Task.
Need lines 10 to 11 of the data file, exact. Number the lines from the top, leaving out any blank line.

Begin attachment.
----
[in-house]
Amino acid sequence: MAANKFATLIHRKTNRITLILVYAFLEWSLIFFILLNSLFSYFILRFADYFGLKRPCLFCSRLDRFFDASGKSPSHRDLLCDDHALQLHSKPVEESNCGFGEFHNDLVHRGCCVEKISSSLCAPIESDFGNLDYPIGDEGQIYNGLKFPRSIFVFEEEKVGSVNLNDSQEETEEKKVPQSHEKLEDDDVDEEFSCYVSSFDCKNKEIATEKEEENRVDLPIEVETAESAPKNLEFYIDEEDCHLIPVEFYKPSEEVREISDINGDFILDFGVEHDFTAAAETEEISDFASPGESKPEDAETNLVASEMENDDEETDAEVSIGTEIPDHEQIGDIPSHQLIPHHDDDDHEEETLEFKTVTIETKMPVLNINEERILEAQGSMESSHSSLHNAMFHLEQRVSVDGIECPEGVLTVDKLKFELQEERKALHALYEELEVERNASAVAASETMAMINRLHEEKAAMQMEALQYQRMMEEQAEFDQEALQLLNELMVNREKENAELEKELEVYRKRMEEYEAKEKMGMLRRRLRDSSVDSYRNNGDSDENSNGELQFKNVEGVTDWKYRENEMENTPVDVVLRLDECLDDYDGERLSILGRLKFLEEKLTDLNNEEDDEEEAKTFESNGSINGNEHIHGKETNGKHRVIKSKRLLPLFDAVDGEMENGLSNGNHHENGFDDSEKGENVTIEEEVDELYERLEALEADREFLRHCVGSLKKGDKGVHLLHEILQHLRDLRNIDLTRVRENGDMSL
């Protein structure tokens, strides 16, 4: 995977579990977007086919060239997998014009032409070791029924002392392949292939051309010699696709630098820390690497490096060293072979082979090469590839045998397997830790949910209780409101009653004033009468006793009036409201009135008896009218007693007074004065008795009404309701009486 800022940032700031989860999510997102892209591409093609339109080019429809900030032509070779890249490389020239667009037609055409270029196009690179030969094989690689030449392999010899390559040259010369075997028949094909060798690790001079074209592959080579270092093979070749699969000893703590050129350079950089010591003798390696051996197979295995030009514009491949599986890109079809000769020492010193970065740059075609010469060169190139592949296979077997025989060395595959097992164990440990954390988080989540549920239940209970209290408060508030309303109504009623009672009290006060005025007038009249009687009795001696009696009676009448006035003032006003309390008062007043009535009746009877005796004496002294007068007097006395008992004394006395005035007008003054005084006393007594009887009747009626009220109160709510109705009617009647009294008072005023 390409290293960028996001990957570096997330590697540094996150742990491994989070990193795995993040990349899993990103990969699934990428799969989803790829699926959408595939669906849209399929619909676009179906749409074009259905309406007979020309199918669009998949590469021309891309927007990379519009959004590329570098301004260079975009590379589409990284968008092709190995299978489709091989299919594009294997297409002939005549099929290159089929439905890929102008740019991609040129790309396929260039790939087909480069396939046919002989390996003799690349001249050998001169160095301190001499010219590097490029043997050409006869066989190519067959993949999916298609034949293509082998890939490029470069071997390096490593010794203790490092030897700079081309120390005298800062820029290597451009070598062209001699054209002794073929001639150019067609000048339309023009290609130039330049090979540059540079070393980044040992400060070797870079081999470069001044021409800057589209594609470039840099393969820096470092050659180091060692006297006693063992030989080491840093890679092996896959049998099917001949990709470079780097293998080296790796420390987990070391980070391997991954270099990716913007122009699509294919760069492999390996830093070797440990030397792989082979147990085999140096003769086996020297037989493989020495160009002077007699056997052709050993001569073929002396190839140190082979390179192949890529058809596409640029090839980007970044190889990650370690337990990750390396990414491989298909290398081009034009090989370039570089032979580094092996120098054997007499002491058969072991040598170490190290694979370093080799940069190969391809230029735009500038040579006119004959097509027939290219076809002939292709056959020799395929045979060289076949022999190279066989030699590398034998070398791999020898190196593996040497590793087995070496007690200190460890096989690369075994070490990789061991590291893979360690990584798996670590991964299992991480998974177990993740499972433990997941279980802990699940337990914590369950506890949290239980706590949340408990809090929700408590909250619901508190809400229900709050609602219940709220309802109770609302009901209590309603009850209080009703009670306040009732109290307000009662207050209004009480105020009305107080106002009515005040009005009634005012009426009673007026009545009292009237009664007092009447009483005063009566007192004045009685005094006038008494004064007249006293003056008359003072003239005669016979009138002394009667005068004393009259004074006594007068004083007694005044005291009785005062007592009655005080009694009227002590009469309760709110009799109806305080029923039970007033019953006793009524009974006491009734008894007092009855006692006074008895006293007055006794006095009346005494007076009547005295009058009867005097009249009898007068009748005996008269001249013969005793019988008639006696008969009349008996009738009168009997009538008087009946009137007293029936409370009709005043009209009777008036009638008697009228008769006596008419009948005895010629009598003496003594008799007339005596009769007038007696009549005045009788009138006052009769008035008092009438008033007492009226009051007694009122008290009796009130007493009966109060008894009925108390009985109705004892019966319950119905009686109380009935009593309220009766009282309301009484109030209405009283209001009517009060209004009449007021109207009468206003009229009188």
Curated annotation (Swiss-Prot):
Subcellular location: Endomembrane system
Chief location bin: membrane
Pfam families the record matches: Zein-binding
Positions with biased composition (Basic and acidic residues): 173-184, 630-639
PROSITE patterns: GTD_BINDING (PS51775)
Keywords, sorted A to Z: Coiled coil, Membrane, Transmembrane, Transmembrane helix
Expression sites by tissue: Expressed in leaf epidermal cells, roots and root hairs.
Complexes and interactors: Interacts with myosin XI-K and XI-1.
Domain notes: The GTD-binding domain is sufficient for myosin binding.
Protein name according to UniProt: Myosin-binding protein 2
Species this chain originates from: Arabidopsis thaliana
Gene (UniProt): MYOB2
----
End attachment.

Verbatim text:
Keywords, sorted A to Z: Coiled coil, Membrane, Transmembrane, Transmembrane helix
Expression sites by tissue: Expressed in leaf epidermal cells, roots and root hairs.